Our firming assets
What is a firming asset?
Renewable solar and wind energy is rapidly increasing market share, but our customers still need electricity when the sun stops shining and the wind stops blowing.
CleanCo’s flexible low-emissions assets can ramp up quickly to ensure our customers continue to receive reliable low-emissions energy when solar and wind generators are not producing. Combined, our firming assets have the capacity to generate 1120MW, and a typical customer contract would be backed by supply that is about 90% lower emissions than the grid.
- Pumped storage hydro
- Combined cycle gas
White Water Hydro
Barron Gorge Hydro sits 20km north-west of Cairns, nestled in the rainforest of the Barron Gorge National Park. The power station forms part of the Mareeba Dimbulah water scheme and utilises natural water inflows in the catchment, along with water released from Tinaroo Falls dam. The Kuranda Weir acts as a regulating pool, diverting water from the Barron River underground to the two 33 MW electricity generators, which produce clean energy before releasing the water back into the river in the same pristine condition it entered the power station.
The Barron Gorge Hydro that exists today is the second power station built in the gorge. The original power station, which was in planning as early as 1899 and eventually built in 1932, was the first underground power station in Australia. However, as the demand for power in the region grew, it became apparent that a station with greater capacity was needed. The new power station was commissioned in 1963. Some of the equipment from the original hydro was transferred to the new site and the underground tunnels were boarded up leaving only the ghost of the first Barron Gorge power station behind.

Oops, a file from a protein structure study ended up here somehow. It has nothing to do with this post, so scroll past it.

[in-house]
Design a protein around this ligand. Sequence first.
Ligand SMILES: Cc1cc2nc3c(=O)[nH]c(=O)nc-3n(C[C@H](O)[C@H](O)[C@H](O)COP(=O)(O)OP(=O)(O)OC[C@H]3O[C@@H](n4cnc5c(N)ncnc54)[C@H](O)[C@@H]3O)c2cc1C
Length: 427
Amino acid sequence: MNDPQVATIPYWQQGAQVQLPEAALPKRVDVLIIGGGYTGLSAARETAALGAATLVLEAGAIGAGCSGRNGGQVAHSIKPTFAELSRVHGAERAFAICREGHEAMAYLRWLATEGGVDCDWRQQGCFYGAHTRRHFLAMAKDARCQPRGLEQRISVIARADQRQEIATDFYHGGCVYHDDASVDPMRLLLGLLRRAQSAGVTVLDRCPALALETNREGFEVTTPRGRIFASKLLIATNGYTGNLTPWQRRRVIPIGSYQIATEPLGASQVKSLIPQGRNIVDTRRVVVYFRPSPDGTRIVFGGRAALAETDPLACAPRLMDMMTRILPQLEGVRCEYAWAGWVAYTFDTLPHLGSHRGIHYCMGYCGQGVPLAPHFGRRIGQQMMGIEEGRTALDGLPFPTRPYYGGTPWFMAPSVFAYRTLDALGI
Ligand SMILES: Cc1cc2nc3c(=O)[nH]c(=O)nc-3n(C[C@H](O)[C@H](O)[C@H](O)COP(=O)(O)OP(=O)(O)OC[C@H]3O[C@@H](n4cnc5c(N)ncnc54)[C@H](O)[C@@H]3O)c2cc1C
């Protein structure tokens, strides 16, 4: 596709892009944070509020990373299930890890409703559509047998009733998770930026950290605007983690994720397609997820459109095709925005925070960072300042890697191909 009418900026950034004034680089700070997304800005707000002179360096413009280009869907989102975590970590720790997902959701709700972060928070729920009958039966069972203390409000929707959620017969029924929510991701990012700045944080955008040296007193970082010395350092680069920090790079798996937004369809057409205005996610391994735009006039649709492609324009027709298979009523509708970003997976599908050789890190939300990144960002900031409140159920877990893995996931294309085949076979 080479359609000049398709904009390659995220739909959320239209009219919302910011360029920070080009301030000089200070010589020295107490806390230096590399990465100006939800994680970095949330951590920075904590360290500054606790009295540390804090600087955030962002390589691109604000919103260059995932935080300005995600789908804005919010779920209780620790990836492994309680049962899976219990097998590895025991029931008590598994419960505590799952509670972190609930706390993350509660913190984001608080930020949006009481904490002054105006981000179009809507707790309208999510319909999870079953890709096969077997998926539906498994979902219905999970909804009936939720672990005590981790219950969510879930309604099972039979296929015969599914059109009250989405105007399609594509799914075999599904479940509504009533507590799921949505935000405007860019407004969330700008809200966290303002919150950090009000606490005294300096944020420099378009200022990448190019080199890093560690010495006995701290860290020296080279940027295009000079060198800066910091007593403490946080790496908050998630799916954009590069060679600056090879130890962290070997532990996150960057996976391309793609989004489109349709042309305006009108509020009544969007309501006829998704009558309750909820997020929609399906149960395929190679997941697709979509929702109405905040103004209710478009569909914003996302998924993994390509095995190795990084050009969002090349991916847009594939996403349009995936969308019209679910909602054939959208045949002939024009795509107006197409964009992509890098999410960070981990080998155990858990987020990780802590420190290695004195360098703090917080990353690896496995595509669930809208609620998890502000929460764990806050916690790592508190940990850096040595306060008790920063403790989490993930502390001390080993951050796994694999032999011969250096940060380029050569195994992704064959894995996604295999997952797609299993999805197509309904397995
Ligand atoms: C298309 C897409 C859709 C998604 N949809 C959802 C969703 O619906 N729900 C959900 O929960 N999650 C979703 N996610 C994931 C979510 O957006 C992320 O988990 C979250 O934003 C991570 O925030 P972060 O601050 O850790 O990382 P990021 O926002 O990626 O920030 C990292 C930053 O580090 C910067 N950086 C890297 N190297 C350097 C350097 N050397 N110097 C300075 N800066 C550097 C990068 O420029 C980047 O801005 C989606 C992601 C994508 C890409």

The Djabuganydji Bama are the Traditional Owners of the area known by Djabugay People as Din Din, which includes Barron Gorge National Park. Din Din is an area of high cultural significance for the Djabugay People, a sacred place that has been a part of their storytelling for tens of thousands of years. The world heritage rainforest and spectacular Barron Falls can be seen and enjoyed from various vantage points in the national park. For those looking to get even closer to the action, the Barron Gorge Hydro has long been associated with white water rafting adventures on the Barron River.
In its nearly 60 years, the Barron Gorge Hydro has evolved, withstanding multiple cyclones, monsoons and river floods while continuing to provide reliable clean energy for Queensland. In October 2019, CleanCo Queensland took ownership of the Barron Gorge hydro power station. We’re proud to continue operating this asset as part of our portfolio of clean, dispatchable energy to support a reliable electricity supply for Queensland.
The Power of Big Water
The Tully region in Far North Queensland is the wettest in all of Australia, making it the perfect location for converting water into clean energy. And that’s exactly what our Kareeya and Koombooloomba run-of-river hydro power stations do. Beginning at the Koombooloomba Dam, water flows through Koombooloomba Hydro then to Kareeya Hydro to generate another round of electricity. Once the water’s been used, it’s released back into the Tully River in the same pristine condition as when it entered the power station. CleanCo is committed to meeting the strict environmental standards of this Wet Tropics World Heritage Area which allow us to sustainably use these natural resources to generate renewable energy.